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Employers, beware: More employees are suing over so-called association discrimination, claiming their friendships or other relationships with black employees have resulted in discrimination against them, in addition to their acquaintances. Recently, the 6th Circuit came up with guidelines for when employees can sue based on their relationships with black employees.

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The Michigan Department of Energy, Labor and Economic Growth is one step closer to implementing workplace ergonomic standards that will apply to most businesses in the state. Most Michigan employers should plan now to comply. Only agriculture, construction, mining and domestic workers would be exempt from the new rules.

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Because employees have to meet tight deadlines for most employment discrimination claims, employers should be ready to prove exactly when they notified employees about a pending termination. With an exact date at your fingertips, you can easily get a case dismissed …

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Employees who’ve been fired have little to lose—and they’re quite likely to see a lawyer about possible litigation. Right off the bat, you can expect that attorney to check whether the employer conducted a real investigation before making the termination decision.

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Patrick Morrissey worked for Steelcase Inc., which provided him with two cell phones, one for business and another for personal use. Both billing statements were sent to his boss, Brent Golembieski, because Steelcase paid both bills …

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In its 1998 collective-bargaining agreement, Caterpillar promised to provide retiree health benefits to its workers at no cost to them. By 2005, Caterpillar recognized it could no longer provide the health benefits without the retirees chipping in. When labor and management sat down at the table to hammer out a new agreement, retiree health costs was one of the sticking points …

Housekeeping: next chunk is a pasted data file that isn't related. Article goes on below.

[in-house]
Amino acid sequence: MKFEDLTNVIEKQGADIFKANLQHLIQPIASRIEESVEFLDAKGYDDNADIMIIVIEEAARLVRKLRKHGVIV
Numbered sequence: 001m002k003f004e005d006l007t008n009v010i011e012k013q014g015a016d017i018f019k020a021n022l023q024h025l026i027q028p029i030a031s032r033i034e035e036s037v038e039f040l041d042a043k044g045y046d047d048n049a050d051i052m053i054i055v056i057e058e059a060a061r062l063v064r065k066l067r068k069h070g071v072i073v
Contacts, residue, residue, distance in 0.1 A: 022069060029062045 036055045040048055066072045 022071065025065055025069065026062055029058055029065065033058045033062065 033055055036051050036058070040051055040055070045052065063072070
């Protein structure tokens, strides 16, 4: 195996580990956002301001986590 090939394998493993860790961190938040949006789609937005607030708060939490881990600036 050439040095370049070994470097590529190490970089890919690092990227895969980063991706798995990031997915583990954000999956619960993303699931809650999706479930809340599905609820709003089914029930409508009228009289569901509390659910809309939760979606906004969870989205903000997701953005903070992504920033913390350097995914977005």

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If you work for an educational institution whose students provide services while learning, prepare to change your payroll systems. Depending how a court rules, you may have to end the practice of paying student stipends as a way of avoiding collection and payment of Social Security and other payroll taxes.

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When it comes to discharging employees for alleged dishonesty, here’s some sound advice for managers and supervisors: Don’t discuss why the employee was terminated with anyone who doesn’t need to know. Keep the information private to avoid a possible defamation lawsuit.

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Health care is rapidly becoming one of Michigan’s largest and most stable employment sectors. Health care employers are subject to many additional employment regulations than employers in other industries. That fact was driven home by a recent regulatory change implemented by HHS, providing a new level of protection to employees who work for health care providers—the so-called conscientious objector rule.

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New FMLA regulations went into effect in January. Now is an excellent time to offer everyone in management a refresher course in what the FMLA requires. If managers remain ignorant of the new rules—or the old ones still in place—you increase the risk that an employee will charge them with willful violations.